I have a story for you. A long time ago, in the 70s, my older brother and sister were fighting. Mick was 8 or 9, my sister Noel was maybe 5 or 6. I wasn’t even born yet. It was a holiday; some kind of family gathering was happening. Mick was teasing Noel relentlessly. She wasn’t able to get him to stop so Noel went from family member to family member trying to get someone to help her. She probably resorted to whining to get the adults to recognize her need.
The response? Well…. That’s the “crazy family” story. Someone gave her BOXING GLOVES and said: “Take care of it, kid.” And to be…fair, I guess?… they also gave Mick a pair of boxing gloves and said “settle it like adults”
Everyone was joking and laughing, ready to be entertained. I know. But to Noel, this was no laughing matter. She’d been the butt of the joke for long enough and now she was being given permission to take matters into her own hands. Literally. She took full advantage.
As soon as those laces were tied, her eyes locked on Mick and everything else faded away. You know that feeling? All you want to do is knock that mocking smile off someone’s face. That cute little girl made a beeline for him and POW. One shot. Done.
And boy was she in trouble! Sent to her room to think about what she’d done. She was so confused!! She’d caused some real damage, like she thought she was supposed to do, and now she’s in trouble?? They laced up her gloves, said “Go get ’em, Tiger” so she DID and now she was sent to her room, grounded for beating her brother senseless. What?!?
I was recently listening to Jen Hatmaker’s book, Fierce, Free and Full of Fire, and she said something that reminded me of this story. “I don’t tell my kids to not hit, and then outfit them in boxing gloves.” She was referring to the fact that sometimes religion teaches that in order to love God, we must hurt others. When in fact, that’s the last thing that God wants from us. What loving parent would tell us to Love One Another, and then say “Lay ’em flat, Tiger”?
And yet, that’s how some of us are taught. I know I was. I entered the ring of religion at 16 and I can remember my Coach saying “okay, you can train here for a while”. I was taught all kinds of amazing things, how to serve, how to love beyond myself, how to organize people and systems, how to build habits, how to reflect regularly, and aim towards progress.
I was also taught how to throw jabs and right hooks, in the name of doctrine and loving God. I like to be the best and so I learned how to use those moves well. Like my peers and community members, I soaked up the instruction and applied it with conviction.
I didn’t realize it hurt until the jabs were aimed at me after I came out.
· Hate the sin, not the sinner (JAB)
· We all have a cross to bear, this is yours (JAB)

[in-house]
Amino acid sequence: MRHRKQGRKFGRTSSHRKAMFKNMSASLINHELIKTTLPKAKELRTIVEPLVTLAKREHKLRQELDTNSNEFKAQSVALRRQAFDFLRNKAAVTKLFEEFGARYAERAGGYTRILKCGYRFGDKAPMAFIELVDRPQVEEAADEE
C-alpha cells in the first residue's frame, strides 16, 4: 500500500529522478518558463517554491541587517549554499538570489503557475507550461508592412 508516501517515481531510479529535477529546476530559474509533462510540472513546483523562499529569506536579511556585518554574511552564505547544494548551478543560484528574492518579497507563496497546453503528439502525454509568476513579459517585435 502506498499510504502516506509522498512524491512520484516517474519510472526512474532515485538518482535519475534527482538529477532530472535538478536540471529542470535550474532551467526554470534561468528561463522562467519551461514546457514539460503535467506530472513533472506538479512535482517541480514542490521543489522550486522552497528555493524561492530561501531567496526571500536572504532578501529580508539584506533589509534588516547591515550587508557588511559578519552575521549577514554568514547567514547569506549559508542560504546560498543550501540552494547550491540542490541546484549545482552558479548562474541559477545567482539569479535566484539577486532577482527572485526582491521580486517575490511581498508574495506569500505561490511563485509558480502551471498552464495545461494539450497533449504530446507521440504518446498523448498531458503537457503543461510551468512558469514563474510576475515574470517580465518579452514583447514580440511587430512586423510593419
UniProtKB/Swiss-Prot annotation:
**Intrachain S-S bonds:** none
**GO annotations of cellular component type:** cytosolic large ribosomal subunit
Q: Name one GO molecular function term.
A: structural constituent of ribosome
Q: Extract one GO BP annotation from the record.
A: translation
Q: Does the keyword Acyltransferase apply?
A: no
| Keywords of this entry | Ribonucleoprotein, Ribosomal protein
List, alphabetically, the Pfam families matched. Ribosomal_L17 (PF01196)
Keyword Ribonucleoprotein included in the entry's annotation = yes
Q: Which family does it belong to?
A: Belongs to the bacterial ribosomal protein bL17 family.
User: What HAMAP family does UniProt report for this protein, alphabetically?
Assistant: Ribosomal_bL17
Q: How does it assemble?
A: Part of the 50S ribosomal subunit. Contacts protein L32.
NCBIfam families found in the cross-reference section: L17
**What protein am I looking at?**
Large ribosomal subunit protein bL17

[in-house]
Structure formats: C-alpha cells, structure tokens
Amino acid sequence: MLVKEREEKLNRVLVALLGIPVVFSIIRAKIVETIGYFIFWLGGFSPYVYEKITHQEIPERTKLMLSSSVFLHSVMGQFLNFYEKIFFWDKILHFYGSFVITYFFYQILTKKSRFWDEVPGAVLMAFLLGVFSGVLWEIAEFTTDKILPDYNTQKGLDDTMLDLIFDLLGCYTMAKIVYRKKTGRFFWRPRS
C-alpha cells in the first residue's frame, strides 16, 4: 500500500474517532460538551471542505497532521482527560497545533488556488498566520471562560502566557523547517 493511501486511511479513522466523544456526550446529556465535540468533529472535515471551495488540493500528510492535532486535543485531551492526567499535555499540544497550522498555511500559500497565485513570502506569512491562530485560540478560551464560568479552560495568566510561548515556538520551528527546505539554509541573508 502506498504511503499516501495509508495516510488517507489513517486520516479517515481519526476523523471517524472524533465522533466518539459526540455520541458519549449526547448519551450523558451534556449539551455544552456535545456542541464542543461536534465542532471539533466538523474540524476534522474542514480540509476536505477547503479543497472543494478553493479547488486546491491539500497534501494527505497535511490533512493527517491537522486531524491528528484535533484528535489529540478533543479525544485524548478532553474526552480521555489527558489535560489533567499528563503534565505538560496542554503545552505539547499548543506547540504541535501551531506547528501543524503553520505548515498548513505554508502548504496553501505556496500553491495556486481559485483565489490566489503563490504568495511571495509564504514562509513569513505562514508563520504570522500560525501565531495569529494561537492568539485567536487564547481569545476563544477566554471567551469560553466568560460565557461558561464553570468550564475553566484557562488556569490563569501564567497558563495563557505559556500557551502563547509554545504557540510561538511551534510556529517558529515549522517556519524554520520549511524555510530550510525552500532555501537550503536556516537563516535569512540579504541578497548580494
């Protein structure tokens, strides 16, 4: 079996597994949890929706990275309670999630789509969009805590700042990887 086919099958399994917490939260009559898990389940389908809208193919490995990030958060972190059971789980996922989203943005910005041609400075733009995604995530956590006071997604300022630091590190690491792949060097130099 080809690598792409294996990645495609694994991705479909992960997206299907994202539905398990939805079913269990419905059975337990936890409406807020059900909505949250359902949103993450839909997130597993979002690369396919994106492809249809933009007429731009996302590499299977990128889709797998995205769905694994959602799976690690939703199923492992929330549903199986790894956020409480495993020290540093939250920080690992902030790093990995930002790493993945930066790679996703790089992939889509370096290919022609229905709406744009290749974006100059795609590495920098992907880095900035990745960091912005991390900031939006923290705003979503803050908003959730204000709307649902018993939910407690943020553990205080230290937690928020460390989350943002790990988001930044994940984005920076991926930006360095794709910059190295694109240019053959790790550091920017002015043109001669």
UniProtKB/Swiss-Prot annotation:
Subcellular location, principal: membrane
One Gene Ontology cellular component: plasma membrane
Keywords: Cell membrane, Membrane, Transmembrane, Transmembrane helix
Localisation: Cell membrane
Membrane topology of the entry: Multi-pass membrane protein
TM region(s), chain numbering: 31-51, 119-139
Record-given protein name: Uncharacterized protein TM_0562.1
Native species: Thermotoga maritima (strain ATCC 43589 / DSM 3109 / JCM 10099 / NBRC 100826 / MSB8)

· I love you, but I don’t support your behavior (RIGHT HOOK)
· Doubt your doubts before you doubt your faith (hello, gaslighting JAB)
· In order to be right with God again, you need to confess all of your sins to me. Starting with who kissed who? Did you like it? Then what happened? Did she like it? Oh, and if I decide this is serious enough, you’ll need to tell a disciplinary council as well, made up of only men. You want to return to heaven, don’t you?(RIGHT HOOK)
· Stay in the church. If you leave the church, where will you go? There’s nowhere else to go. (more gaslighting JAB)
· If you love your children, take this secret to your grave. (UPPER CUT)
As I’m on the floor of the ring, my arms too tired to defend myself anymore, and my eyes so swollen I can barely see, the face of my Coach is blurry and her voice sounds far away.
“You can leave the ring, Elena. I never wanted this. I’m standing on the outside and you can come too. I can hold the ropes up but I can’t come in and drag you out. You need to choose to leave.”
“But Coach, this ring is all I know. I haven’t been outside the ropes since I was 16. It’s dark, I have no one out there, I don’t want to be alone. I have NO idea what’s on the other side.”
“I’m on the other side, Elena. I’ve got you. Be brave. And live.”
You guys, I CRAWLED to the edge of that ring. There was no hooting or taunts, or cheers either. There was only silence. I fell off the edge, into the dark, and began to heal.
I am still learning how to unlace the gloves, how to get them off. I’m still learning how to not jab, at myself and others.
And those people I left behind in the ring, they had no idea. The coaches and the fighters, they were doing exactly as instructed. They were loving God. Upholding his doctrine. Spreading his Gospel. Building his Kingdom. They were just trying to fulfill the mission. Gloves on, go get ’em, Tiger.
So someday, when they’ve knocked out someone they love and they are SO confused, help them take their gloves off. It’s all they’ve ever known. Help them see they don’t have to hurt others to love God. Hold the ropes up for them as they’re brave enough to leave the bright lights of the ring and crawl into the darkness of the arena.
You got this, Tiger.